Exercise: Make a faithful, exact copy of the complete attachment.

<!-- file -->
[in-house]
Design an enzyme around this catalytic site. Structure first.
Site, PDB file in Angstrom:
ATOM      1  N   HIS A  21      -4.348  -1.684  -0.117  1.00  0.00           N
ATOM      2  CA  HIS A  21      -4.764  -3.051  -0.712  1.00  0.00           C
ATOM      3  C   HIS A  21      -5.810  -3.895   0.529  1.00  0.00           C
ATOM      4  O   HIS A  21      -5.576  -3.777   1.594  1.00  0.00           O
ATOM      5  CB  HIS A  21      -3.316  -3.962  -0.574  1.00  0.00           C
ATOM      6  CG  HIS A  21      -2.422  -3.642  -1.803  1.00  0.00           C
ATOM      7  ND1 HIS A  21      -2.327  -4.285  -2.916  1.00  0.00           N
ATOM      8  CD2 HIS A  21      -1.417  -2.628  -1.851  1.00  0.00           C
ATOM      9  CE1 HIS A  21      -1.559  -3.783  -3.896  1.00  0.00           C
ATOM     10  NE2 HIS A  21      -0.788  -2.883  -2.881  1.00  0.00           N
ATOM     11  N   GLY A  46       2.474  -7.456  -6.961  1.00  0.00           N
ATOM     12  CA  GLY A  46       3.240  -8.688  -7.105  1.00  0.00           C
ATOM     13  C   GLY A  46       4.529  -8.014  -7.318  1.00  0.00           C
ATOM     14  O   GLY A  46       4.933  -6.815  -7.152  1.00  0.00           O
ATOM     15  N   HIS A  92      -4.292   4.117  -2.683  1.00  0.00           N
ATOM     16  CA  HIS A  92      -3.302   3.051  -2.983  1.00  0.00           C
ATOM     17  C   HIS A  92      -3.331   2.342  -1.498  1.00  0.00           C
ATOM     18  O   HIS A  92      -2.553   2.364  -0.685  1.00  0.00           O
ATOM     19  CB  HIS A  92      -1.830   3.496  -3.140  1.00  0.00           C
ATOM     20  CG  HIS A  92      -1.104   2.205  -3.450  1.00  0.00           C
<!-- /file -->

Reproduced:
[in-house]
Design an enzyme around this catalytic site. Structure first.
Site, PDB file in Angstrom:
ATOM      1  N   HIS A  21      -4.348  -1.684  -0.117  1.00  0.00           N
ATOM      2  CA  HIS A  21      -4.764  -3.051  -0.712  1.00  0.00           C
ATOM      3  C   HIS A  21      -5.810  -3.895   0.529  1.00  0.00           C
ATOM      4  O   HIS A  21      -5.576  -3.777   1.594  1.00  0.00           O
ATOM      5  CB  HIS A  21      -3.316  -3.962  -0.574  1.00  0.00           C
ATOM      6  CG  HIS A  21      -2.422  -3.642  -1.803  1.00  0.00           C
ATOM      7  ND1 HIS A  21      -2.327  -4.285  -2.916  1.00  0.00           N
ATOM      8  CD2 HIS A  21      -1.417  -2.628  -1.851  1.00  0.00           C
ATOM      9  CE1 HIS A  21      -1.559  -3.783  -3.896  1.00  0.00           C
ATOM     10  NE2 HIS A  21      -0.788  -2.883  -2.881  1.00  0.00           N
ATOM     11  N   GLY A  46       2.474  -7.456  -6.961  1.00  0.00           N
ATOM     12  CA  GLY A  46       3.240  -8.688  -7.105  1.00  0.00           C
ATOM     13  C   GLY A  46       4.529  -8.014  -7.318  1.00  0.00           C
ATOM     14  O   GLY A  46       4.933  -6.815  -7.152  1.00  0.00           O
ATOM     15  N   HIS A  92      -4.292   4.117  -2.683  1.00  0.00           N
ATOM     16  CA  HIS A  92      -3.302   3.051  -2.983  1.00  0.00           C
ATOM     17  C   HIS A  92      -3.331   2.342  -1.498  1.00  0.00           C
ATOM     18  O   HIS A  92      -2.553   2.364  -0.685  1.00  0.00           O
ATOM     19  CB  HIS A  92      -1.830   3.496  -3.140  1.00  0.00           C
ATOM     20  CG  HIS A  92      -1.104   2.205  -3.450  1.00  0.00           C